More than a dozen pristine landscapes, wildlife habitats and scenic rivers in 11 Western states, some larger than Rhode Island and Delaware combined, are under consideration by the Obama administration to become America’s newest National Monuments — a decision the administration can make unilaterally without local input or congressional approval.

According to internal Department of Interior documents leaked to a Utah congressman and obtained exclusively by Fox News, the mostly public lands include Arizona deserts, California mountains, Montana prairies, New Mexico forests, Washington islands and the Great Basins of Nevada and Colorado — totaling more than 13 million acres.

What are you reading this morning?



Now a “famous criminal profiler” has come forward to diagnose Joseph Stack as a “‘self-loathing’ narcissist.”

149 Responses

  1. Hi BB — I just got back from my semi-regular blood test morning.

    The thing I love about your news-days is the extensive comments that you add. Thank you for pulling this all together for us!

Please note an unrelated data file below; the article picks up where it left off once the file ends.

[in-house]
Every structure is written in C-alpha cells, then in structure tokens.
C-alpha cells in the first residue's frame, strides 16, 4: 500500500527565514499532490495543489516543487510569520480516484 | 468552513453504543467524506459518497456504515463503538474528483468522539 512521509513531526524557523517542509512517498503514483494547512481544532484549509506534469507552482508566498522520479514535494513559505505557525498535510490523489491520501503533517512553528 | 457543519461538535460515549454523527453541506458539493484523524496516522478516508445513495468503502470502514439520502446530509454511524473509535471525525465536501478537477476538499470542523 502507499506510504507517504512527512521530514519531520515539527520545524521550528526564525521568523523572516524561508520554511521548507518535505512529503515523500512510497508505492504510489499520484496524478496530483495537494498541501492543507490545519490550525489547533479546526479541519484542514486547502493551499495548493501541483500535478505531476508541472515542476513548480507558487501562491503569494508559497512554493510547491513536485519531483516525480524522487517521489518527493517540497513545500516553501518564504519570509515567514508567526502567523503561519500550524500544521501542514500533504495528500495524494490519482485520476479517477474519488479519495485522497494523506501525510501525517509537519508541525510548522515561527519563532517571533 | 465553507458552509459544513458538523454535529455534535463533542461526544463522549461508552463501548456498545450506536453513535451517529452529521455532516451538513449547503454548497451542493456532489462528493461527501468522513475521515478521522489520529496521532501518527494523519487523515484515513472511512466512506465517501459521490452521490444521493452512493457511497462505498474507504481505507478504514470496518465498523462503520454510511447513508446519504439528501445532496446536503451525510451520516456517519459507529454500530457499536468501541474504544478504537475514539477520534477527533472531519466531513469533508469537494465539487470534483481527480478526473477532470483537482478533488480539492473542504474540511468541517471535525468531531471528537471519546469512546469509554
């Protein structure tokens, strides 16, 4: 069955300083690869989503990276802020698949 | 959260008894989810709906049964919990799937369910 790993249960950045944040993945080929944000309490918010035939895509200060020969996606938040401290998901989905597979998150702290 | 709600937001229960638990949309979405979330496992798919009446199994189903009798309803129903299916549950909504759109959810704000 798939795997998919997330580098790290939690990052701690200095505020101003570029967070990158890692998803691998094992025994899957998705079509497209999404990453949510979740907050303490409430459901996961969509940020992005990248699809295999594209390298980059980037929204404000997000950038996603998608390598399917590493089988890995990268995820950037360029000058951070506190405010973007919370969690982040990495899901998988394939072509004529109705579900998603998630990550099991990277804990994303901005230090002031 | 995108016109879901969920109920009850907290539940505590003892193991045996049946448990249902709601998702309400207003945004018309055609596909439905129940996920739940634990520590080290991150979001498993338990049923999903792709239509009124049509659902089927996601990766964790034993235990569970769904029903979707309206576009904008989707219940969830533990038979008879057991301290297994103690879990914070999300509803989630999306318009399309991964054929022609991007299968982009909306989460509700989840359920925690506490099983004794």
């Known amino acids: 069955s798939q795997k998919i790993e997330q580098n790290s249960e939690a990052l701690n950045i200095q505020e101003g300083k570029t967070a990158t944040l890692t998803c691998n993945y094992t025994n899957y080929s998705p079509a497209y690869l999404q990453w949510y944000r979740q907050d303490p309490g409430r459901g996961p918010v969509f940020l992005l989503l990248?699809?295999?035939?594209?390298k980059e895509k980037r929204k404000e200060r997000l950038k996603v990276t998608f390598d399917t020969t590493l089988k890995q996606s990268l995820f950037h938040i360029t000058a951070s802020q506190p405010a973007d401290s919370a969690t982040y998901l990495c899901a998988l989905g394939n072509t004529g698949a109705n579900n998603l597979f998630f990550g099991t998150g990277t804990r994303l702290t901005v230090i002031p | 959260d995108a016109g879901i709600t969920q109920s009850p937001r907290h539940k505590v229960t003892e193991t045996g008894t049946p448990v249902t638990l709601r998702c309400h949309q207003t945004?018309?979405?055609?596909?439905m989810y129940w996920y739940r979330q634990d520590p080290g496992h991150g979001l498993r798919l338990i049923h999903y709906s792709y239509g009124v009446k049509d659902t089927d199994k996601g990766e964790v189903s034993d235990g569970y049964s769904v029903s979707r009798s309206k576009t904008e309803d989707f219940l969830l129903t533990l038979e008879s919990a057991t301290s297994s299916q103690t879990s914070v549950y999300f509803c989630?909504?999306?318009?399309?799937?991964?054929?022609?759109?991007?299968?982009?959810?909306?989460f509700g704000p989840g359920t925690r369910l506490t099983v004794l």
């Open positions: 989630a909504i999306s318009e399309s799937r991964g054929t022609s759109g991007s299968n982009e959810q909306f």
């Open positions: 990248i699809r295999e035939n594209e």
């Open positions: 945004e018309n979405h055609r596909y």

2. Just bringing the tabloids link from downstairs – of course I tagged it with terrorism – I don’t even understand why is there a question.

  3. Having Ken Salazar, of all people, in charge of the Interior Department has been rattling around in my head for the last year.
    I can’t help but think there must be a Chicago style hustle involved
    somewhere, somehow in the National Park announcement.

    • I’m afraid you’re probably right.

    • I think the fact that they’re going to bypass Congress having any input, and Obama make the choices through executive order, is the reason the outrage—from both sides–is so big.

      But “there must be a Chicago style hustle involved” is quite possible, with this crowd.

      The Congressmen/Senators from those states have every right to expect consultation, I think.